For all of the emotions wrapped up in their father’s Nobel Peace Prize and Bible that was eventually used by the country’s first black president during his second inauguration, the lawsuit-fueled exchange of the items between Bernice King and her brother, Martin Luther King III, was as surgically sterile as one could imagine.
Bernice King quietly surrendered Martin Luther King Jr.’s key possessions over to King III, who placed them in a safety deposit box – and virtual limbo — until a judge decides whether he and his brother, Dexter Scott King, can sell the Bible and 1964 Nobel Peace Prize, possibly pocketing millions.
An attorney who witnessed the exchange said it was short and to the point. Few words were said between the siblings.
It was over in five minutes.
“It was not very dramatic at all,” said William B. Hill, an attorney for the King brothers, who are suing their sister on behalf of the King Estate, the for-profit arm of the family’s empire.
The family, the sole trustees of the King Estate, voted 2-1 to sell the items, which had been in the possession of Bernice King.
Bernice King voted against the sale and refused to turn over the items. Last month, Fulton County Superior Court Judge Robert McBurney ordered her to turn them over to the brothers so they could place them in an undisclosed safety deposit box. McBurney will control the keys until he makes a decision. A full hearing is scheduled for Sept. 29, while several motions are scheduled to be heard Friday.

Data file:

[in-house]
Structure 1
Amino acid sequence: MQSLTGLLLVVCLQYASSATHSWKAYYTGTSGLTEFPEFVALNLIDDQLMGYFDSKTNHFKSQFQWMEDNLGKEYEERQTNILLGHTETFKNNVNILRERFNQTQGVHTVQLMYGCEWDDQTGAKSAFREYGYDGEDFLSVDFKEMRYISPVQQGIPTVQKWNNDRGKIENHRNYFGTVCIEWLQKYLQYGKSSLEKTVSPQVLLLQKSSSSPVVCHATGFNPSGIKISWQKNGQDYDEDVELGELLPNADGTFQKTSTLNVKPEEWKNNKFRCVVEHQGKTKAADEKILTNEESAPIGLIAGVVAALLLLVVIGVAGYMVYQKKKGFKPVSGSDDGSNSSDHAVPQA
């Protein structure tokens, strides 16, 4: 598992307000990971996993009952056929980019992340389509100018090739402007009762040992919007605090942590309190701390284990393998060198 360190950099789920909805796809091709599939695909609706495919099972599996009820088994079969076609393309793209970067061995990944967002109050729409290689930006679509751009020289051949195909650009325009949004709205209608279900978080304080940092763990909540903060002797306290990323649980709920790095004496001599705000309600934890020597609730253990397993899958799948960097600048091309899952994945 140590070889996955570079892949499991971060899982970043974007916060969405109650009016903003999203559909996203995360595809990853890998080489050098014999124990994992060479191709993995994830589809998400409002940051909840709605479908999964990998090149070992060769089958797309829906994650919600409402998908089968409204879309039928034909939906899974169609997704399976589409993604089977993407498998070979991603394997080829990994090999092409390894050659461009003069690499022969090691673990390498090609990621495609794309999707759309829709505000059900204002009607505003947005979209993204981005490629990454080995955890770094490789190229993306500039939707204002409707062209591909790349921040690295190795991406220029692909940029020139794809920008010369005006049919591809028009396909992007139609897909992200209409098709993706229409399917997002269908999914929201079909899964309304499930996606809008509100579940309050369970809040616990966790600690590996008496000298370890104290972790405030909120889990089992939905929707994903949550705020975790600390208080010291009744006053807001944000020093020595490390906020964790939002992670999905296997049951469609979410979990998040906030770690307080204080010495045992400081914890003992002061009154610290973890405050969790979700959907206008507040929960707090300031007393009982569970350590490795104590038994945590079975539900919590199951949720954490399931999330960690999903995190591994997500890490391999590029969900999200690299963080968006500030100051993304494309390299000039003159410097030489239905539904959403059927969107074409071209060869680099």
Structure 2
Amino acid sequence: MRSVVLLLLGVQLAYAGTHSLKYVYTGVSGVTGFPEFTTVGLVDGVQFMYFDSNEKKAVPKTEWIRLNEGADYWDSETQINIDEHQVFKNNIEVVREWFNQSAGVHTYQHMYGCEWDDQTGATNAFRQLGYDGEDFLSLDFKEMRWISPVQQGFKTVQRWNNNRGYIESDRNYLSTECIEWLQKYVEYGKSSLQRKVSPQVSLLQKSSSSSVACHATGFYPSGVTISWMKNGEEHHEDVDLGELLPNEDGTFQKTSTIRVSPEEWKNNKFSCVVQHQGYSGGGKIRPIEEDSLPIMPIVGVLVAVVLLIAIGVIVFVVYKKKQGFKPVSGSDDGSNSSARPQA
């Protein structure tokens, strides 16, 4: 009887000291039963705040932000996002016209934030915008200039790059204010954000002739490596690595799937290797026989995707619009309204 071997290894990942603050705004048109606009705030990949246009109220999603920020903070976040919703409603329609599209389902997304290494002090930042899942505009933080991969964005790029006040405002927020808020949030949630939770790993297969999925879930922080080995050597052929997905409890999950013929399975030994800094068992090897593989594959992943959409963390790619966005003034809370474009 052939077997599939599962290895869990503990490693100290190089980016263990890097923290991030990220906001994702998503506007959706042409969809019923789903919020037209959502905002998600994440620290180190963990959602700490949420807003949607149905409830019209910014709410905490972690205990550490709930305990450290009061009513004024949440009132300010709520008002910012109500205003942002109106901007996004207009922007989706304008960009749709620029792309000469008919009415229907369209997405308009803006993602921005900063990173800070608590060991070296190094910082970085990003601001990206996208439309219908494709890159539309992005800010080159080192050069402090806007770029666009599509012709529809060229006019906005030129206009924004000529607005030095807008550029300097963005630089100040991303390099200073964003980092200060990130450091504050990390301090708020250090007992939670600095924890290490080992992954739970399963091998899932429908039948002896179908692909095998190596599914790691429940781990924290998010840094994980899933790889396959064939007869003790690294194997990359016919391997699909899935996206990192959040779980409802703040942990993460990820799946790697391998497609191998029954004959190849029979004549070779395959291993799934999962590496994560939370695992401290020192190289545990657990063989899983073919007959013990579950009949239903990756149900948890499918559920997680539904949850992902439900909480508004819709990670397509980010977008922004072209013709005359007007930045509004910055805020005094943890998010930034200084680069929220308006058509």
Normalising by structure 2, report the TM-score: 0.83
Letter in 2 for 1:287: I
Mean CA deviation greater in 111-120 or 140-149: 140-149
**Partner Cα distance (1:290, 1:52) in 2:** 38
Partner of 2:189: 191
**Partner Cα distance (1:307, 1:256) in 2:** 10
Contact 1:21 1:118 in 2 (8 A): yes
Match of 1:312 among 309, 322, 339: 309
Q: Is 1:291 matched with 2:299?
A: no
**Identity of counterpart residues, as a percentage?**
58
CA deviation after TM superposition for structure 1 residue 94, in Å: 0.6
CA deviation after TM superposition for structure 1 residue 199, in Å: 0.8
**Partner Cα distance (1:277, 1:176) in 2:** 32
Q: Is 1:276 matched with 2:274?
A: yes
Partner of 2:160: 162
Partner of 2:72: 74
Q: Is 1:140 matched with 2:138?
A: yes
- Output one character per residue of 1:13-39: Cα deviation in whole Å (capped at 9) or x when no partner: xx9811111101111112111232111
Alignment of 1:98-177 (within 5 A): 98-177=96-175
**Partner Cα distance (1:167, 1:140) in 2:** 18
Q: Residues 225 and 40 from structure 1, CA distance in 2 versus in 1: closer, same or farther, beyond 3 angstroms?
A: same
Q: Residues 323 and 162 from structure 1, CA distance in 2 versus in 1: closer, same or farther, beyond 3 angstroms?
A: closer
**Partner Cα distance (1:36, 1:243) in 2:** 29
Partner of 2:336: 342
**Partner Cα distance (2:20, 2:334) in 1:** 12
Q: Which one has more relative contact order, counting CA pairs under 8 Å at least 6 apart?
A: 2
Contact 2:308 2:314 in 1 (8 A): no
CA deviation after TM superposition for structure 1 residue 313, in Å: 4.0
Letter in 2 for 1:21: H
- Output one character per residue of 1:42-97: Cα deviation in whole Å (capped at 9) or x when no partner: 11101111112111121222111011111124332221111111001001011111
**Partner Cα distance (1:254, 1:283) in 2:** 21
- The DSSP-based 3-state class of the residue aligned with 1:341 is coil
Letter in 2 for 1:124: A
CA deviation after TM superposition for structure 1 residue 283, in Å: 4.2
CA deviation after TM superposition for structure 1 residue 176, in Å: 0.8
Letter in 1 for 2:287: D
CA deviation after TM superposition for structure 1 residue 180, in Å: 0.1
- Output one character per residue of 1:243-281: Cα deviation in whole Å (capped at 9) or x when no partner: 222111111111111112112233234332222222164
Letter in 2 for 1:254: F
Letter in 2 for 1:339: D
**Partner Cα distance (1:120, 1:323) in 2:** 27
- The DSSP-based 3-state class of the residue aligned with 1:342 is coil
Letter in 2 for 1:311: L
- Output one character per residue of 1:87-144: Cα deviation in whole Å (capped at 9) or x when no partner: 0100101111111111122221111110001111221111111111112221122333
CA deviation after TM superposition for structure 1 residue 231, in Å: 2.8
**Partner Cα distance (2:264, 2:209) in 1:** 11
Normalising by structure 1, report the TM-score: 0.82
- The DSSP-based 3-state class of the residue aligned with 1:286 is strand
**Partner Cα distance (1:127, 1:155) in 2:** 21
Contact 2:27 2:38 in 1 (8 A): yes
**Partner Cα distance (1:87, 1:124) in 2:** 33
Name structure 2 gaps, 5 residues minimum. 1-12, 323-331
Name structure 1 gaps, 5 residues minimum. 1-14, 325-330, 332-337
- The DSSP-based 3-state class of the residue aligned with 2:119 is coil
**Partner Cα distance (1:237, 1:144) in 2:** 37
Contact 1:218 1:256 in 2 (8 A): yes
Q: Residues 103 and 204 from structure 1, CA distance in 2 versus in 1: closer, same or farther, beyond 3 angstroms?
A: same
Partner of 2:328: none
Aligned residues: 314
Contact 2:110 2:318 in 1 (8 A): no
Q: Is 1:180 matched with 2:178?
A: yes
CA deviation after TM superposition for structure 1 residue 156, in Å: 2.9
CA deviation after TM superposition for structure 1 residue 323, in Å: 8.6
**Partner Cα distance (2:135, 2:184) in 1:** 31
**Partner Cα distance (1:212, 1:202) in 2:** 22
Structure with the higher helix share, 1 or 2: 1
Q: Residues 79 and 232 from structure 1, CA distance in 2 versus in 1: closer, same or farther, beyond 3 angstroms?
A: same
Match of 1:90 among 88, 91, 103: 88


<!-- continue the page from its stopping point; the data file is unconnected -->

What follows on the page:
Eric Barnum, an attorney for Bernice King, confirmed the exchange took place, but declined to characterize the atmosphere of the meeting.
“Bernice King complied with the court order,” Barnum said.
Bernice King said last week that she would not defy the order and risk going to jail, as some of her supporters suggested. She had originally been scheduled to turn over the items last week. But attorneys for both sides negotiated an extension to accommodate her and King III’s schedules. Dexter King, who lives in California, did not attend the meeting.
Hill said that a little after 2 p.m. on Monday, Bernice King and King III, along with their lawyers and bank officials, met at the bank.
He said Bernice King handed the two items to King III.
King III briefly examined the items, before placing them inside the safety deposit box.
Neither Hill nor Barnum would reveal what bank was used.
Hill said the siblings had little to say about the case.
“They didn’t talk,” Hill said. “Other than the pleasantries of the day.”